Media Lifeline: Advertising The Independent

After much vacillation, could The Independent's advertising account end up back at Lowe?

May 1998: Having acquired full control of The Independent back in March, Tony O'Reilly's Independent News and Media had put the creative account immediately up for grabs. Lowe Howard-Spink prevails, following a pitch also involving Grey, Arc Advertising, Walsh Trott Chick Smith and Griffin Bacal.

November 1998: But Lowe's tenure is shortlived. It resigns the account when rumours begin circulating that the publisher is already back in talks with rival agencies, including the losing pitch finalist Walsh Trott Chick Smith. As Lowe accuses the newspaper of lacking direction and not knowing what it really wants, the account is handed unceremoniously to Euro RSCG Wnek Gosper.

April 2001: Euro fails to please, despite the creative director Mark Wnek's friendship with The Indie's editor, Simon Kelner (pictured). Euro resigns the account, which is handed to Walsh Trott Chick Smith. Two weeks later, the paper's marketing director, Trish Wadley, leaves.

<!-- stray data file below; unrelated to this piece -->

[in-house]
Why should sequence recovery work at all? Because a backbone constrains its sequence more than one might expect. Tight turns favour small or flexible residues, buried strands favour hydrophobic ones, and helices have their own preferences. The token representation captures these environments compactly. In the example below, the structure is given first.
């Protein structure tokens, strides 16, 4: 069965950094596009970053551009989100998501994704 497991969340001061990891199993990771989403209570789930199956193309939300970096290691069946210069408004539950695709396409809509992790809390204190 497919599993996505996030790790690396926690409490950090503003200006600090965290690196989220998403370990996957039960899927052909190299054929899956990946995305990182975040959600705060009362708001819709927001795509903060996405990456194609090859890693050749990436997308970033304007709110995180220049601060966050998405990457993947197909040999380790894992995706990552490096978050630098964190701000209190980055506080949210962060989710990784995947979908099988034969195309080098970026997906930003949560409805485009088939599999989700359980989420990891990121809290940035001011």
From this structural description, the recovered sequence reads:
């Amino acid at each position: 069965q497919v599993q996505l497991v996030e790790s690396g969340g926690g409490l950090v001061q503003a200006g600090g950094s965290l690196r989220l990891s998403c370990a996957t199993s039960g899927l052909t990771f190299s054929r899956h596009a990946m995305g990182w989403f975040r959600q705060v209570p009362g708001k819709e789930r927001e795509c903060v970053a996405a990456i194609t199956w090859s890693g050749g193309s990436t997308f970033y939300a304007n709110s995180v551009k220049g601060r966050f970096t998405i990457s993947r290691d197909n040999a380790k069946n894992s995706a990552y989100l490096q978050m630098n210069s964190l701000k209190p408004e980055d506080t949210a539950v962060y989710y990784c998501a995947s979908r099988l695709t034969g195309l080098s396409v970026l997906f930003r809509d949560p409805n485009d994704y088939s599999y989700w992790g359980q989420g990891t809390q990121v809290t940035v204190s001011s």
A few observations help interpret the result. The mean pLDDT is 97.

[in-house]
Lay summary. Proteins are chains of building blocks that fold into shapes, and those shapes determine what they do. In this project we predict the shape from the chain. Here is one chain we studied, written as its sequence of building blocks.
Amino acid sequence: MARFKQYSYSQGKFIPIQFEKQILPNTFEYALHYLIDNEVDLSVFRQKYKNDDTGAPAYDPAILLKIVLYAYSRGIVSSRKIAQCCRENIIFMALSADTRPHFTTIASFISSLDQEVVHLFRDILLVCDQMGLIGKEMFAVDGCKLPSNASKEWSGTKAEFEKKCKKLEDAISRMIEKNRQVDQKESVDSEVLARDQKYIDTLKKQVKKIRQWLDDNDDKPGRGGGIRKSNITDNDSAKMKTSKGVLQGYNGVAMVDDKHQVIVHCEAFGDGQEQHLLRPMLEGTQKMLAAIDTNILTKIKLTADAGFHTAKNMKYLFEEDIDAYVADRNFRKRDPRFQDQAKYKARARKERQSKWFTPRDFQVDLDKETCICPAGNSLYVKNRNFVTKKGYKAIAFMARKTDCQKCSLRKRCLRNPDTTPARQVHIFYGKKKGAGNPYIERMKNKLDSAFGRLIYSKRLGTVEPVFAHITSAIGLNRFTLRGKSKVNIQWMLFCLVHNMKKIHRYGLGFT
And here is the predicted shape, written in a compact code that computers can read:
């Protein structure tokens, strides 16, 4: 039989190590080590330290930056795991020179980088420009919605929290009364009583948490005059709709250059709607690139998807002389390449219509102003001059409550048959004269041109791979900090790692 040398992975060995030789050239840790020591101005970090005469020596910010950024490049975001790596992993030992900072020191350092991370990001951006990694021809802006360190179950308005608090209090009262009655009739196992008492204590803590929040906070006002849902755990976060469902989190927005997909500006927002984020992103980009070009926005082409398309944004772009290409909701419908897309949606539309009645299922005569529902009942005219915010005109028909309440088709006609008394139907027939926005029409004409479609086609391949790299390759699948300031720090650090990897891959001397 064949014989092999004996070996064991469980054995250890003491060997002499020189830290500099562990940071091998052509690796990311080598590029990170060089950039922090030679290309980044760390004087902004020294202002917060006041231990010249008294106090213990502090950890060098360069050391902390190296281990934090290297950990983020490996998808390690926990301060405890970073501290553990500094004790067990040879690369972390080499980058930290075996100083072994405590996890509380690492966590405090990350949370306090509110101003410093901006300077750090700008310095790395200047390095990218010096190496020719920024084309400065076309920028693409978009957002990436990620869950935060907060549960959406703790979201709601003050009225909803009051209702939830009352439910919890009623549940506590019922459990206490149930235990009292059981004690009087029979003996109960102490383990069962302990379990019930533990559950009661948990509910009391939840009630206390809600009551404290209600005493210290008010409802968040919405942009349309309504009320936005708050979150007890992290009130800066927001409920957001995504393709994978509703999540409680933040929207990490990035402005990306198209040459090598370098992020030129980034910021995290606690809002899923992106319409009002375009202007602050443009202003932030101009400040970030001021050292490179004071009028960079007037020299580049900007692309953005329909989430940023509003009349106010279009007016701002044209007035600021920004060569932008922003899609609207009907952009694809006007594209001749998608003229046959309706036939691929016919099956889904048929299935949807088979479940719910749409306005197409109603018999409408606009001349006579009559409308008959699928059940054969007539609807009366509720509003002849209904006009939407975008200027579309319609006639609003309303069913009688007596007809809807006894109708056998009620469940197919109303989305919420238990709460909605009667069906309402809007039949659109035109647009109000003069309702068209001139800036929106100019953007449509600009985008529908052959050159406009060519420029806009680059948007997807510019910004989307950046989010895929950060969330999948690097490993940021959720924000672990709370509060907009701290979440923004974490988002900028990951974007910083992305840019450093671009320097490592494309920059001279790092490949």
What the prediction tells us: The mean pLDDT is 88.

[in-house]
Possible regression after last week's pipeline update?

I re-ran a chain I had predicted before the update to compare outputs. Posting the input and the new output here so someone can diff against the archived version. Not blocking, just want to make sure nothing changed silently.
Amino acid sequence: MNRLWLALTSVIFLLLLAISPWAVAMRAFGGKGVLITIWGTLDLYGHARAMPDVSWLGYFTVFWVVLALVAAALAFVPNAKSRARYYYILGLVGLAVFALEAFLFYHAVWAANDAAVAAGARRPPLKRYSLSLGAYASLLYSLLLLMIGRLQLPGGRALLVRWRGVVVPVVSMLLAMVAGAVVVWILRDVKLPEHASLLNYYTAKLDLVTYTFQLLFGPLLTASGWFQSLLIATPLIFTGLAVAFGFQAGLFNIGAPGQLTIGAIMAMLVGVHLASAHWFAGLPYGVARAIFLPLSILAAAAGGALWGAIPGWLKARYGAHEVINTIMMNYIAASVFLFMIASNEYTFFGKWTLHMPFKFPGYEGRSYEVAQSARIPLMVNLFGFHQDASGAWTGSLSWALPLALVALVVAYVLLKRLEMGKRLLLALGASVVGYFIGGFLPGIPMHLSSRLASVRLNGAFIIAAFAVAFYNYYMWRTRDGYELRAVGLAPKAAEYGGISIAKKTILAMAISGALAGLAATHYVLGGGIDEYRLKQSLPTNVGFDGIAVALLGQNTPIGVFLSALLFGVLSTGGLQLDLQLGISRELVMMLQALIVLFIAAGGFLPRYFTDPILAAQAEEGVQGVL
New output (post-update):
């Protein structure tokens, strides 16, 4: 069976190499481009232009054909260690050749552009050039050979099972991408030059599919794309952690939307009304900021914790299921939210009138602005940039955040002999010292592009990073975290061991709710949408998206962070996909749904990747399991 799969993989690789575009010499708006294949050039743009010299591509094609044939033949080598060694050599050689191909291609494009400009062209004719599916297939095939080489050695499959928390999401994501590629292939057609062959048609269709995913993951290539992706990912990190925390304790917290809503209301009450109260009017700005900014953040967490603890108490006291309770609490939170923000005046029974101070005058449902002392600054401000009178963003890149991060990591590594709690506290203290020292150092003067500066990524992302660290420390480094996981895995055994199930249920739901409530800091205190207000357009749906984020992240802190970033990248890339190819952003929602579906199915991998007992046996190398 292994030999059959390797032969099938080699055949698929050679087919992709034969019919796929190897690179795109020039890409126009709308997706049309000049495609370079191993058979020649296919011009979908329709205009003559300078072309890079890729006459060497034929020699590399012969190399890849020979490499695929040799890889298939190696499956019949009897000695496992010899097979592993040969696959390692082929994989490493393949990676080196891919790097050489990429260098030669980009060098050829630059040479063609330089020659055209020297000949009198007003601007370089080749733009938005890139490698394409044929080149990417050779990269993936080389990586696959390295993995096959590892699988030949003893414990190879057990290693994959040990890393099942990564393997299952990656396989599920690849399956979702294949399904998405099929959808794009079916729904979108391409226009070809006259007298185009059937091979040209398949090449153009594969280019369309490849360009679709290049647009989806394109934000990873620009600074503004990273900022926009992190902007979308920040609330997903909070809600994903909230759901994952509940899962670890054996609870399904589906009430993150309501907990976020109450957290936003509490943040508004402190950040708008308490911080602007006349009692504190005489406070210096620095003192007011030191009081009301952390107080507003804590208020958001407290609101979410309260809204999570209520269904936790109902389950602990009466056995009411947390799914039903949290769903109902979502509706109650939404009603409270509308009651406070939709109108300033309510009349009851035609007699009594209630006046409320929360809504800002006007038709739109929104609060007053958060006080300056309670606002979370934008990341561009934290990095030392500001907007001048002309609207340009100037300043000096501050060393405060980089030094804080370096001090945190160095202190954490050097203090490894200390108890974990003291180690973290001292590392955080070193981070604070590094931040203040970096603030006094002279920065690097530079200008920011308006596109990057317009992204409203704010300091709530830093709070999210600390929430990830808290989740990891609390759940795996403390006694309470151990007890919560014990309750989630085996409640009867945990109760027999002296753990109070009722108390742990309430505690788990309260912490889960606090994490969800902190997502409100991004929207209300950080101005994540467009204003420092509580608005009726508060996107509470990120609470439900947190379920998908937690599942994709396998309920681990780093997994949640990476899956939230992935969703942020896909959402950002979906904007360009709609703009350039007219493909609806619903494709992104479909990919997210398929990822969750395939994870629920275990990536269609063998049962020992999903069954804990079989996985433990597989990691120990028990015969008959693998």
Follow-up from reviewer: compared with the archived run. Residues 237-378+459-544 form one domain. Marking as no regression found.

October 2003: Walsh Trott Chick Smith's finest hour, as far as The Independent is concerned, is a £3 million TV-led campaign for the relaunch of the daily as a tabloid, beginning in October 2003. But as the paper seeks to consolidate its revival, there's a steady stream of branding work, notably the "Indypedia" work in 2006, underlining the paper's intellectual credentials and politically unaligned stance.

November 2007: But all things must pass - and CST (formerly Chick Smith Trott, the successor agency to Walsh Trott Chick Smith) considers its position when it learns that The Independent intends holding a creative pitch and will seek to shortlist four agencies before making a decision before the end of the year. Digital is expected to be a major factor where the brief is concerned.

Fast forward ...

April 2008: Following Wnek's (pictured) move to head the London agency, Lowe is handed the account before Christmas. But all hell breaks loose when Wnek, standing in for The Indie's ad columnist, writes an ill-advised comment about his ex-colleague Ben Langdon.